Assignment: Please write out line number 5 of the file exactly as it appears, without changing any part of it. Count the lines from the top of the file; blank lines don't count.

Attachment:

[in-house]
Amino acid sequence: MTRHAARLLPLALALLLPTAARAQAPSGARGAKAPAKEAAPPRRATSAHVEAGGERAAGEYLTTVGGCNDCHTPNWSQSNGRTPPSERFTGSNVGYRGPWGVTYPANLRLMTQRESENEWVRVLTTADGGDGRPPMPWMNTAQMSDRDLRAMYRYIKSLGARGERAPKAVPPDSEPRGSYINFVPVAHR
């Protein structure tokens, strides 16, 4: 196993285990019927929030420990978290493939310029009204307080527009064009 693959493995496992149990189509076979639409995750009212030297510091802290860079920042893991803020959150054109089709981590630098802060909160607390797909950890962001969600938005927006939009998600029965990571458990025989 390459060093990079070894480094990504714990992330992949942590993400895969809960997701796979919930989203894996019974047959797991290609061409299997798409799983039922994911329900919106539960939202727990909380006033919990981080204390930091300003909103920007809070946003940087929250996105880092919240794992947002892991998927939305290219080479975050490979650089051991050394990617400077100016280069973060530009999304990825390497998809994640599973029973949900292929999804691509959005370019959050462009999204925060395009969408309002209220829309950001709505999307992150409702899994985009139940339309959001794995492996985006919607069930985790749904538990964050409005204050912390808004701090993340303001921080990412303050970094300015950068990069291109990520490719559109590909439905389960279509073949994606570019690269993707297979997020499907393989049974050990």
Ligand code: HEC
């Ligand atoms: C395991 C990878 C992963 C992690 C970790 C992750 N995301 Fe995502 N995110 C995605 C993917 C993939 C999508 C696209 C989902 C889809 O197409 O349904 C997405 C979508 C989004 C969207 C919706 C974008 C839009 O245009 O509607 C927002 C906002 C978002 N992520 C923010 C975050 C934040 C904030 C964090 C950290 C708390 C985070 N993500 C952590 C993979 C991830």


């Ligand atoms: C395991 C990878 C992963 C992690 C970790 C992750 N995301 Fe995502 N995110 C995605 C993917 C993939 C999508 C696209 C989902 C889809 O197409 O349904 C997405 C979508 C989004 C969207 C919706 C974008 C839009 O245009 O509607 C927002 C906002 C978002 N992520 C923010 C975050 C934040 C904030 C964090 C950290 C708390 C985070 N993500 C952590 C993979 C991830």